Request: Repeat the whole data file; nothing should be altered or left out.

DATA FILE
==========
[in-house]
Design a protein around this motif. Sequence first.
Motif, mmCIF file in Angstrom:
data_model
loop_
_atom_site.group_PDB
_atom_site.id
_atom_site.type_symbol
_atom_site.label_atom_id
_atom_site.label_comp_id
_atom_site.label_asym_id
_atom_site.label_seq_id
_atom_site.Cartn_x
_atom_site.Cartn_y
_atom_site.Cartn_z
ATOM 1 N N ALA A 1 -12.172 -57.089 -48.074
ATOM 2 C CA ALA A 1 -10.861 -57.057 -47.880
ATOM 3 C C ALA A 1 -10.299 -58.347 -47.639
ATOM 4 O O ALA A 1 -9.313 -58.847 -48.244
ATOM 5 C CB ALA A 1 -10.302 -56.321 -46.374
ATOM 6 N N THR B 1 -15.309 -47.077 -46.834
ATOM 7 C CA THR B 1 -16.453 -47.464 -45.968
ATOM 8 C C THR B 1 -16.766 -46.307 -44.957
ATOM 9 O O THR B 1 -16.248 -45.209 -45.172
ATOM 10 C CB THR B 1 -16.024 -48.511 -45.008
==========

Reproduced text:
[in-house]
Design a protein around this motif. Sequence first.
Motif, mmCIF file in Angstrom:
data_model
loop_
_atom_site.group_PDB
_atom_site.id
_atom_site.type_symbol
_atom_site.label_atom_id
_atom_site.label_comp_id
_atom_site.label_asym_id
_atom_site.label_seq_id
_atom_site.Cartn_x
_atom_site.Cartn_y
_atom_site.Cartn_z
ATOM 1 N N ALA A 1 -12.172 -57.089 -48.074
ATOM 2 C CA ALA A 1 -10.861 -57.057 -47.880
ATOM 3 C C ALA A 1 -10.299 -58.347 -47.639
ATOM 4 O O ALA A 1 -9.313 -58.847 -48.244
ATOM 5 C CB ALA A 1 -10.302 -56.321 -46.374
ATOM 6 N N THR B 1 -15.309 -47.077 -46.834
ATOM 7 C CA THR B 1 -16.453 -47.464 -45.968
ATOM 8 C C THR B 1 -16.766 -46.307 -44.957
ATOM 9 O O THR B 1 -16.248 -45.209 -45.172
ATOM 10 C CB THR B 1 -16.024 -48.511 -45.008